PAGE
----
Swift’s jaundiced view of the politics and mores of the England of his day are elaborated in the form of four allegorical tales in which the narrator, Lemuel Gulliver, observes the local customs in foreign lands while becoming increasingly disenchanted with his own world. The transformation from the magnanimous benefactor of the Lilliputians (among whom Gulliver is a giant) to the misanthrope who can barely endure the company of his own family (preferring to live in his stable among horses) is accomplished with consummate narrative skill and a sure instinct for pretense and folly.
The first book, which focuses on Gulliver’s stay in Lilliput, offers a thinly disguised version of political squabbles that would have been fresh in the minds of Swift’s readers. The second book takes Gulliver to Brobdingnag, the land of giants, where his plans to provide the local ruler with cannons and gunpowder are viewed with contempt and horror. In the third section, Gulliver encounters the land of Laputa, the flying island, where a parody of the experimental science of Swift’s day is raucously played out, including schemes for capturing the sunbeams trapped in cucumbers and for turning human excrement back into nutritious substances. The fourth book sends Gulliver to the land of the Houyhnhnms, horses who have the power of speech. The Houyhnhnms, who are distinguished by their virtue and their reliance on reason, to the exclusion of emotion, rule over a race of...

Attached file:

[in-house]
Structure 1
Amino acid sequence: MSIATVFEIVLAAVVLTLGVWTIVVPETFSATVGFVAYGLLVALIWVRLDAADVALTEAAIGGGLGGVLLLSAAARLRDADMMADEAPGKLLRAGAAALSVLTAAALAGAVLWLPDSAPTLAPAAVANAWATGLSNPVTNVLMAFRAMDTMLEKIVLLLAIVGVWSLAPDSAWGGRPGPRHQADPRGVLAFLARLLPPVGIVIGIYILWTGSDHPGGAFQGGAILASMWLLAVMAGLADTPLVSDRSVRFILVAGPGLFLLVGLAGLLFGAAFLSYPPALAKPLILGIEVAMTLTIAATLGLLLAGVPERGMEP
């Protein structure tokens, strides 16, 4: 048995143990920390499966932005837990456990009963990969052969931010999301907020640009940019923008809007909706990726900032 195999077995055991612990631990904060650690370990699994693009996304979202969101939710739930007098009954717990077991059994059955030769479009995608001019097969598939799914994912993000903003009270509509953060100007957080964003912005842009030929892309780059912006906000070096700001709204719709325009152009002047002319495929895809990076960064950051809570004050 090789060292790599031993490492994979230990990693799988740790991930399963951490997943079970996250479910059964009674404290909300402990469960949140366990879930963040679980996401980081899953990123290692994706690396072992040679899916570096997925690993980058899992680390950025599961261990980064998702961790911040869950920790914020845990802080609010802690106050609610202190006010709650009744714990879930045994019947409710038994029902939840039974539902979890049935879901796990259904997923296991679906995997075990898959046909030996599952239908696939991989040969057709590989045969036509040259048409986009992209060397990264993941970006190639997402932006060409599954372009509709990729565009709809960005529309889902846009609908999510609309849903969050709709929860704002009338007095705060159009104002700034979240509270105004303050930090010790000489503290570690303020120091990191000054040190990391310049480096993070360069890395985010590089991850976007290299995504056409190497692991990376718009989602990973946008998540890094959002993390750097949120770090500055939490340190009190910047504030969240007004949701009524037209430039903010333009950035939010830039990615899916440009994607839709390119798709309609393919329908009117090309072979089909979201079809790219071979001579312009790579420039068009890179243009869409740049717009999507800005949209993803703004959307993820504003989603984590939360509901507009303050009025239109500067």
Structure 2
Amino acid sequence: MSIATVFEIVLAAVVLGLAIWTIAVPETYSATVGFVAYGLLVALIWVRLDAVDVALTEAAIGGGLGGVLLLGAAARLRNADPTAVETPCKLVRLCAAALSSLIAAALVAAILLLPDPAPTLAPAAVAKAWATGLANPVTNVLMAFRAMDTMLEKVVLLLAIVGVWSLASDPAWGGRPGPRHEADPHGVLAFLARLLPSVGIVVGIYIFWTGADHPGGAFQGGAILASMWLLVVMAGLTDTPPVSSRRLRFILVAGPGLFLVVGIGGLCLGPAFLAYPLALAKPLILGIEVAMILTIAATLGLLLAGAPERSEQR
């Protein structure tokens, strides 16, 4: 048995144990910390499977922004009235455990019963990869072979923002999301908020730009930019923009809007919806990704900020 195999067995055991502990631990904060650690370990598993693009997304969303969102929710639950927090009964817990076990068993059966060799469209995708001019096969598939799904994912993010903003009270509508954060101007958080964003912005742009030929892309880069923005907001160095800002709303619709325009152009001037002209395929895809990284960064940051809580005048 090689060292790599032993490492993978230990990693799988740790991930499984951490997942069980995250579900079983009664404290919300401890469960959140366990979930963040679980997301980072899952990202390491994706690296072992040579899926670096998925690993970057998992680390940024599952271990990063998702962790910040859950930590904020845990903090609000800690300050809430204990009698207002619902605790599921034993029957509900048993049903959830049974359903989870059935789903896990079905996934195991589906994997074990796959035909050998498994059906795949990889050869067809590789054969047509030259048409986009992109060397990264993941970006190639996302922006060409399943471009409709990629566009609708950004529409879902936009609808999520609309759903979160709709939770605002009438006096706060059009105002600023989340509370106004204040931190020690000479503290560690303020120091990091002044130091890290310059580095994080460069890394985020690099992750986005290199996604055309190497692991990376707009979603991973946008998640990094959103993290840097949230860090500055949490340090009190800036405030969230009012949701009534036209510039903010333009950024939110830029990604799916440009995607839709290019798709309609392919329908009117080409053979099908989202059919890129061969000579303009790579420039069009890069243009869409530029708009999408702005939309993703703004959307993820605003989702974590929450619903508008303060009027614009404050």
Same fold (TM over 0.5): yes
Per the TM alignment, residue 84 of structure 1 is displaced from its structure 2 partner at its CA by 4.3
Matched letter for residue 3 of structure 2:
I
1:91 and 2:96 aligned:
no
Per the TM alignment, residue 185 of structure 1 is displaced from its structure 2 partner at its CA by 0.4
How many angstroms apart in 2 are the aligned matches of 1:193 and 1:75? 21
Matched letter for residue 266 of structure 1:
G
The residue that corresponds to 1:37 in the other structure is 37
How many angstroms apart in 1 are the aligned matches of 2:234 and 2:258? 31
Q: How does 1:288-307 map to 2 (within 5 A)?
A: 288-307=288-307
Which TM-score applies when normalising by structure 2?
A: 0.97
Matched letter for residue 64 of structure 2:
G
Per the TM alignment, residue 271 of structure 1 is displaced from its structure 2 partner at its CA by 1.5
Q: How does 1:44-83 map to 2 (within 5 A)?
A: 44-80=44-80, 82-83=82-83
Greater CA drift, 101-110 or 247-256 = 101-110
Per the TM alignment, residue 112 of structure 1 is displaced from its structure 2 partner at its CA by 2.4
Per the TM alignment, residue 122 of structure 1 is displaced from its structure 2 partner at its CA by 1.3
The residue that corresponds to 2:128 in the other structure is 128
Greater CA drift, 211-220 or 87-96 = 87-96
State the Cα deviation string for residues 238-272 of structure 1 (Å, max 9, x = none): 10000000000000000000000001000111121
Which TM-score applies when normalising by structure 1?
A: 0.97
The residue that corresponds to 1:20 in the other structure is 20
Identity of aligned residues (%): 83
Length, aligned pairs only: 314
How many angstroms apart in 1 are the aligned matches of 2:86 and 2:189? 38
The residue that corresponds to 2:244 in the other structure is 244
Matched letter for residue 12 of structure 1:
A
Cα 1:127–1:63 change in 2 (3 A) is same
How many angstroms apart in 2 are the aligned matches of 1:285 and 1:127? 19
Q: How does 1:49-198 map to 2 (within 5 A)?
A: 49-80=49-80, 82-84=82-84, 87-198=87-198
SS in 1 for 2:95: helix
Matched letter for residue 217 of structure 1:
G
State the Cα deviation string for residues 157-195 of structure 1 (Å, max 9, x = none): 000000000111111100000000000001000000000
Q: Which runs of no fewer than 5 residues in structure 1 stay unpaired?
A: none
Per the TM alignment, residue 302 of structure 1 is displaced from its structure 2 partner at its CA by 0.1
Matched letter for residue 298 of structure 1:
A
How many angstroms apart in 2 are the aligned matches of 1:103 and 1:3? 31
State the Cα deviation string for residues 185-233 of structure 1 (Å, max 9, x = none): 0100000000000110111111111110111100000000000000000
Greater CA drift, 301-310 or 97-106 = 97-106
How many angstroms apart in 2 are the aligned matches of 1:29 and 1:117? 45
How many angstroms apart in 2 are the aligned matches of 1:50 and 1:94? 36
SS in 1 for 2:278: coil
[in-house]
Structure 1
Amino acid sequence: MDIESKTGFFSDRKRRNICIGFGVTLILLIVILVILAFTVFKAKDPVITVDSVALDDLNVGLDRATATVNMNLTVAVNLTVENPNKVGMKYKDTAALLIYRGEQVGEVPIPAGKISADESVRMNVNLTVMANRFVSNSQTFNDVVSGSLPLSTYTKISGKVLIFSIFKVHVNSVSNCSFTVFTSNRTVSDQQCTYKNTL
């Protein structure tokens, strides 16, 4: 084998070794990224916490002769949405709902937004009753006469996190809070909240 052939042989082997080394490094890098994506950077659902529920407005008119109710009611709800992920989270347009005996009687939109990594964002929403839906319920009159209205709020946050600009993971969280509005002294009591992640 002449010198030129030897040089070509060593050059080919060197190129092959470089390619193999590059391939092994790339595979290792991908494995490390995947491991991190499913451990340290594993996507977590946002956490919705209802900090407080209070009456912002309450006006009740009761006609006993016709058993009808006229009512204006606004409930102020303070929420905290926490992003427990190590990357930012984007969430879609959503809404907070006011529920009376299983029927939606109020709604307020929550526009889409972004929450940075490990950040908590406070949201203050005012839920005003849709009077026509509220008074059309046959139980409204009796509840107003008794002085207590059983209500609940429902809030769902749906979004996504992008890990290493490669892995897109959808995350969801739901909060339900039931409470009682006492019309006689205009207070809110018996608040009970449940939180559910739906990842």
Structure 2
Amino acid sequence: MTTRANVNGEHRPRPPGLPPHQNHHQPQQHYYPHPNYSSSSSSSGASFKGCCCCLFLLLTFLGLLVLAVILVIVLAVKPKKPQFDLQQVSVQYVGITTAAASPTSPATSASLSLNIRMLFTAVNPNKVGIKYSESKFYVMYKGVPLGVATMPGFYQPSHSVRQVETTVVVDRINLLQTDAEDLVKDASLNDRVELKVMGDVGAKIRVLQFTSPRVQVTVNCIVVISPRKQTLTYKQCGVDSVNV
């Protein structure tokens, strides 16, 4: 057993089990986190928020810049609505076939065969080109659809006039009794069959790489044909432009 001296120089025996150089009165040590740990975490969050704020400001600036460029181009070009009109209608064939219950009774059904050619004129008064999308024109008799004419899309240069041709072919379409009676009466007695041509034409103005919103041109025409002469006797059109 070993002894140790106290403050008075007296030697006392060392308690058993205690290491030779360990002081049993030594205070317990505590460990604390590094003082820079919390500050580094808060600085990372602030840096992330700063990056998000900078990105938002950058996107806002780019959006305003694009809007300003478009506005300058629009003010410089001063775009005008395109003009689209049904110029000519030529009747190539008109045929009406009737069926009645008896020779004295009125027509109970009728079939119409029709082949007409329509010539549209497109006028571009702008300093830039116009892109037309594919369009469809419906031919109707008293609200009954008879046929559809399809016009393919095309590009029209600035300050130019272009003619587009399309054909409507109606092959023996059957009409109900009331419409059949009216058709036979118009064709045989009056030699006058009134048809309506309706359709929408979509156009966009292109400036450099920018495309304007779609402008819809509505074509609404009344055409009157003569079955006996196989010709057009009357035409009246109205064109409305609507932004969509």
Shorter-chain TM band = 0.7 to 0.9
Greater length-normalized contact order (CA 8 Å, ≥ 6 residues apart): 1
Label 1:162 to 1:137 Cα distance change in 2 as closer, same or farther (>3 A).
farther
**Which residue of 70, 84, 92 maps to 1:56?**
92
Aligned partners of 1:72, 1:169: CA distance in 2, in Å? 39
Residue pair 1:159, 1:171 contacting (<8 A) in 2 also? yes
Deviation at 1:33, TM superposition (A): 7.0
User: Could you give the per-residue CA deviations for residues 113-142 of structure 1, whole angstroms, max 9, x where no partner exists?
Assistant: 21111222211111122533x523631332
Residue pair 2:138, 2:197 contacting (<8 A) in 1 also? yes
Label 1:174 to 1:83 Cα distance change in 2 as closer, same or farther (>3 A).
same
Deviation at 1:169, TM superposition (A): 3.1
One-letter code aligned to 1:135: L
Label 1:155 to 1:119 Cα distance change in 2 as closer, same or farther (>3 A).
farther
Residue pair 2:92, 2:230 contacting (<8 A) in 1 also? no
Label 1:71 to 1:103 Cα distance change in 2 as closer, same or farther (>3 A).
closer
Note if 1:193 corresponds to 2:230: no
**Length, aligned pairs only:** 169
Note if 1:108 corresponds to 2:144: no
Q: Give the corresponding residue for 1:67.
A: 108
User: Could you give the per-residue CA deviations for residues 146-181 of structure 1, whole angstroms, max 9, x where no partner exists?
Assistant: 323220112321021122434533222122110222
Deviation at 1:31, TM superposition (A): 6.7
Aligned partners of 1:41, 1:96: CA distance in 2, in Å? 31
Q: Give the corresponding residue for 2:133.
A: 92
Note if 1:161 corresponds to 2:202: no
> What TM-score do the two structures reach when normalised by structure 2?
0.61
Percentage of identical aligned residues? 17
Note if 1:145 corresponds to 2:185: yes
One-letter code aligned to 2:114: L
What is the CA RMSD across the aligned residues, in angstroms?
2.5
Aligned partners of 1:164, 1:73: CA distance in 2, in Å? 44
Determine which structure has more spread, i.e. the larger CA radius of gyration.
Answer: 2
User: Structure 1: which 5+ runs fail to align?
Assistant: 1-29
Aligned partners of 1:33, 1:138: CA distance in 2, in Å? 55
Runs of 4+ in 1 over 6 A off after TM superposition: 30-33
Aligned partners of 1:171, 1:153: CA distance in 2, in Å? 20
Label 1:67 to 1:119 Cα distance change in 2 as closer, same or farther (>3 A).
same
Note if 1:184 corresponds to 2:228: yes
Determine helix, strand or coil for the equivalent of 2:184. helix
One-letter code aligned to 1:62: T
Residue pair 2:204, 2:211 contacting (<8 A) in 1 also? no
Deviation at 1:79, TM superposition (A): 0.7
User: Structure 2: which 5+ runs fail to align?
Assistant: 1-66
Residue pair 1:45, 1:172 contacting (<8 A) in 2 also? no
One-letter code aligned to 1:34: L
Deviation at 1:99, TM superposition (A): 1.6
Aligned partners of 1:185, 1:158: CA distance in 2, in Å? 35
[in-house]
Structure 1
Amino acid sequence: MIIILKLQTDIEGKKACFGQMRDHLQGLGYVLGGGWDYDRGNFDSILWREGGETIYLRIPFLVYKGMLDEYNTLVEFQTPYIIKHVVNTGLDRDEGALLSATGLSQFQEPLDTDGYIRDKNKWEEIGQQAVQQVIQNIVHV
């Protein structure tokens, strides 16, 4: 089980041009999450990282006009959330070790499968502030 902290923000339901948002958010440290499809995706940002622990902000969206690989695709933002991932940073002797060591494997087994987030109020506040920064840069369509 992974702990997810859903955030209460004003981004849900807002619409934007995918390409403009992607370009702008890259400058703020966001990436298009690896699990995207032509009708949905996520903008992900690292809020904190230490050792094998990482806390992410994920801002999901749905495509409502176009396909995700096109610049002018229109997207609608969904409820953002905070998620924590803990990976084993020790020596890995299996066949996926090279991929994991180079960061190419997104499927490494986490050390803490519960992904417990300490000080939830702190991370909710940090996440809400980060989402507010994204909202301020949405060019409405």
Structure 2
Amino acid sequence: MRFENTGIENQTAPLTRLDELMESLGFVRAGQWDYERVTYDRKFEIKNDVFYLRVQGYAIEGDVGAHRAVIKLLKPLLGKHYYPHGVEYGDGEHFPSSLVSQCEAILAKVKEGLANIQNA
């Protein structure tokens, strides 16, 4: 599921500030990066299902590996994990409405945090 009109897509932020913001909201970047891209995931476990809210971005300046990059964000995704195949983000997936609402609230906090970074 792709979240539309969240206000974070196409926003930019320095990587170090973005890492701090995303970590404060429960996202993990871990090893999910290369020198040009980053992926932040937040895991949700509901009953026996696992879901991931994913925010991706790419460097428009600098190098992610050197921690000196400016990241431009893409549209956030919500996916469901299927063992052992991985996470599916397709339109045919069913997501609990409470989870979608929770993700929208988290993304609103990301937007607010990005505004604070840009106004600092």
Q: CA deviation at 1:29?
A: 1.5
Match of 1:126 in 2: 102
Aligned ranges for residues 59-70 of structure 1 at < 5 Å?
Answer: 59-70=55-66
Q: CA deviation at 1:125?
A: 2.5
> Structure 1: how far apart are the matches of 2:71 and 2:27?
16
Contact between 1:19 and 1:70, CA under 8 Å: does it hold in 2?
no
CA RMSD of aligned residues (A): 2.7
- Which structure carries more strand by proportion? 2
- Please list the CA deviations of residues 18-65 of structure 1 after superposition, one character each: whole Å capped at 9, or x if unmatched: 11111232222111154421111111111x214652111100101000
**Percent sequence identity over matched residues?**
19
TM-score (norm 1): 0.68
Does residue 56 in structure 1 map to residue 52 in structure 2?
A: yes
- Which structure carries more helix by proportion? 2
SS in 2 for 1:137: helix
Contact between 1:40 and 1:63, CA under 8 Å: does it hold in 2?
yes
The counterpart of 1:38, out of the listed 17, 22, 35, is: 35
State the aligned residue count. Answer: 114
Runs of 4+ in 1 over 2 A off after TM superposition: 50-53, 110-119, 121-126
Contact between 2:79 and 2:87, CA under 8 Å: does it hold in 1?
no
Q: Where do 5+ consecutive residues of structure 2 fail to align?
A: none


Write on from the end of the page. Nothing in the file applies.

(The entire section is 527 words.)
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